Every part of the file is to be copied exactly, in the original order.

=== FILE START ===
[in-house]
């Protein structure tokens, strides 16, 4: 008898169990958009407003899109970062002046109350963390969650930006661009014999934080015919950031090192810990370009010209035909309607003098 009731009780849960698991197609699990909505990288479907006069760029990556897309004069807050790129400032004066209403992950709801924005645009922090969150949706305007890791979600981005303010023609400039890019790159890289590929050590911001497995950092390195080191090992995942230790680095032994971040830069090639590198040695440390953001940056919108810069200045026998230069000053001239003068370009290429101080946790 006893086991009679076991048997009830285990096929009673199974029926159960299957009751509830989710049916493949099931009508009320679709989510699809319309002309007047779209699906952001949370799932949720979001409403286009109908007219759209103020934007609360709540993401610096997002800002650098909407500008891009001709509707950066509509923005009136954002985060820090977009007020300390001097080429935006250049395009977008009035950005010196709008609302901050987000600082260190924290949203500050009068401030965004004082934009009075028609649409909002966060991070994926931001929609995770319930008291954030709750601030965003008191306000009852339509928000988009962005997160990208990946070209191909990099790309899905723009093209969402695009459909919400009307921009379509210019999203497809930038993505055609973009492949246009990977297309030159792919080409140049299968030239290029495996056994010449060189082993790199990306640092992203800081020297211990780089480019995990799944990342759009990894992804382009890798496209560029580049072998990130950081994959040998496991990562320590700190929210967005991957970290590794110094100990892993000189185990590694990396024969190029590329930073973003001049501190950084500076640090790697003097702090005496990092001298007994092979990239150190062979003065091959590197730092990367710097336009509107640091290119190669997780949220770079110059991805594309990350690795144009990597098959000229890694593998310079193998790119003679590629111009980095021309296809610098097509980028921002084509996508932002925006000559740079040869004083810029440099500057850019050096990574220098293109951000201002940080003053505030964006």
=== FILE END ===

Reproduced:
[in-house]
């Protein structure tokens, strides 16, 4: 008898169990958009407003899109970062002046109350963390969650930006661009014999934080015919950031090192810990370009010209035909309607003098 009731009780849960698991197609699990909505990288479907006069760029990556897309004069807050790129400032004066209403992950709801924005645009922090969150949706305007890791979600981005303010023609400039890019790159890289590929050590911001497995950092390195080191090992995942230790680095032994971040830069090639590198040695440390953001940056919108810069200045026998230069000053001239003068370009290429101080946790 006893086991009679076991048997009830285990096929009673199974029926159960299957009751509830989710049916493949099931009508009320679709989510699809319309002309007047779209699906952001949370799932949720979001409403286009109908007219759209103020934007609360709540993401610096997002800002650098909407500008891009001709509707950066509509923005009136954002985060820090977009007020300390001097080429935006250049395009977008009035950005010196709008609302901050987000600082260190924290949203500050009068401030965004004082934009009075028609649409909002966060991070994926931001929609995770319930008291954030709750601030965003008191306000009852339509928000988009962005997160990208990946070209191909990099790309899905723009093209969402695009459909919400009307921009379509210019999203497809930038993505055609973009492949246009990977297309030159792919080409140049299968030239290029495996056994010449060189082993790199990306640092992203800081020297211990780089480019995990799944990342759009990894992804382009890798496209560029580049072998990130950081994959040998496991990562320590700190929210967005991957970290590794110094100990892993000189185990590694990396024969190029590329930073973003001049501190950084500076640090790697003097702090005496990092001298007994092979990239150190062979003065091959590197730092990367710097336009509107640091290119190669997780949220770079110059991805594309990350690795144009990597098959000229890694593998310079193998790119003679590629111009980095021309296809610098097509980028921002084509996508932002925006000559740079040869004083810029440099500057850019050096990574220098293109951000201002940080003053505030964006």